/etc/fstab        filesystem table

       /etc/mtab         table of mounted filesystems

       /etc/mtab~        lock file

       /etc/mtab.tmp     temporary file

       /etc/filesystems  a list of filesystem types to try

ENVIRONMENT
       LIBMOUNT_FSTAB=<path>
              overrides  the  default  location of the fstab file (ignored for
              suid)

       LIBMOUNT_MTAB=<path>
              overrides the default location of the  mtab  file  (ignored  for
              suid)

       LIBMOUNT_DEBUG=all
              enables libmount debug output

       LIBBLKID_DEBUG=all
              enables libblkid debug output

       LOOPDEV_DEBUG=all
              enables loop device setup debug output

SEE ALSO
       mount(2), umount(2), umount(8), fstab(5), nfs(5), xfs(5), e2label(8),
       findmnt(8), losetup(8), mke2fs(8), mountd(8), nfsd(8), swapon(8),
       tune2fs(8), xfs_admin(8)

BUGS
       It is possible for a corrupted filesystem to cause a crash.

       Some  Linux filesystems don't support -o sync nor -o dirsync (the ext2,
       ext3, fat and vfat filesystems do support  synchronous  updates  (a  la
       BSD) when mounted with the sync option).

       The  -o remount may not be able to change mount parameters (all ext2fs-
       specific parameters, except sb, are  changeable  with  a  remount,  for
       example, but you can't change gid or umask for the fatfs).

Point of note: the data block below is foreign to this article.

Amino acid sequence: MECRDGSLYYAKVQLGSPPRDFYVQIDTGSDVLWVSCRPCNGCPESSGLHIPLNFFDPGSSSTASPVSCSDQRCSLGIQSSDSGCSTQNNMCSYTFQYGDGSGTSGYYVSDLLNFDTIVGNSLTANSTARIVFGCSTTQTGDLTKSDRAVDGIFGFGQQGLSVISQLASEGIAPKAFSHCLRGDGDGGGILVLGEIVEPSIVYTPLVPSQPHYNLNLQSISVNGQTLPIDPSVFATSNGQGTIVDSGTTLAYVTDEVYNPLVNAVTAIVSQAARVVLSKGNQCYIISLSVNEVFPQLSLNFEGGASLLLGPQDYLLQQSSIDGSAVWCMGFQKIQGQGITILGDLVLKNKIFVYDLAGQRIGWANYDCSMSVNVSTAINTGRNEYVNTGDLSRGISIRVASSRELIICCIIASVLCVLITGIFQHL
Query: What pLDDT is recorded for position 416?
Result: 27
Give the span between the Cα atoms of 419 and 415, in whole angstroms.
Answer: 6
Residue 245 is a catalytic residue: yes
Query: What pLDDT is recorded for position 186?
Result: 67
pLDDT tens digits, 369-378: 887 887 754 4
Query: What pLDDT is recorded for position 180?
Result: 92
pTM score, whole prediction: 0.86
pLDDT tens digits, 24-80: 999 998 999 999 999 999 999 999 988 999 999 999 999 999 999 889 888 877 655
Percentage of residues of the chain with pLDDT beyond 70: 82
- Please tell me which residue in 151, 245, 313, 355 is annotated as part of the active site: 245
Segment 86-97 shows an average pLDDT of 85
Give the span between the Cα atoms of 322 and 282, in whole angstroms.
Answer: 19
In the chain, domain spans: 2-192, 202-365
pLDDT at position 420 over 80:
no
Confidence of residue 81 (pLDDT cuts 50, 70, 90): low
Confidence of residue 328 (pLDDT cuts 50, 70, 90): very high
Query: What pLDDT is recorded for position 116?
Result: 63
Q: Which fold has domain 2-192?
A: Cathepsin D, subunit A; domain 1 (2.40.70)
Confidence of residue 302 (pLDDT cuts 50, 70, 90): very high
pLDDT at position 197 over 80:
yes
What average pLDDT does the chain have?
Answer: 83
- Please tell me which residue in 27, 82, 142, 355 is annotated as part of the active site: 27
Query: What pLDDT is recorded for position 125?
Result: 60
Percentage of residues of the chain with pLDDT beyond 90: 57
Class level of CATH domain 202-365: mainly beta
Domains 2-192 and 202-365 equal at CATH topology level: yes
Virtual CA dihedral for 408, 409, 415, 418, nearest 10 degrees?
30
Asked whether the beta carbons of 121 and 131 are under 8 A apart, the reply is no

It is possible that the files /etc/mtab and /proc/mounts don't match on
       systems with a regular mtab file.  The first file is based only on  the
       mount  command options, but the content of the second file also depends
       on the kernel and others settings (e.g. on a remote NFS  server  --  in
       certain cases the mount command may report unreliable information about
       an NFS mount point and the  /proc/mounts  file  usually  contains  more
       reliable information.)  This is another reason to replace the mtab file
       with a symlink to the /proc/mounts file.

       Checking files on NFS filesystems referenced by file descriptors  (i.e.
       the  fcntl  and  ioctl  families of functions) may lead to inconsistent
       results due to the lack of a consistency check in the  kernel  even  if
       noac is used.

       The loop option with the offset or sizelimit options used may fail when
       using older kernels if the mount command can't confirm that the size of
       the  block device has been configured as requested.  This situation can
       be worked around by using the losetup command manually  before  calling
       mount with the configured loop device.

HISTORY
       A mount command existed in Version 5 AT&T UNIX.

AUTHORS
       Karel Zak <kzak@redhat.com>

AVAILABILITY
       The  mount  command  is part of the util-linux package and is available
       from https://www.kernel.org/pub/linux/utils/util-linux/.

util-linux                        August 2015                         MOUNT(8)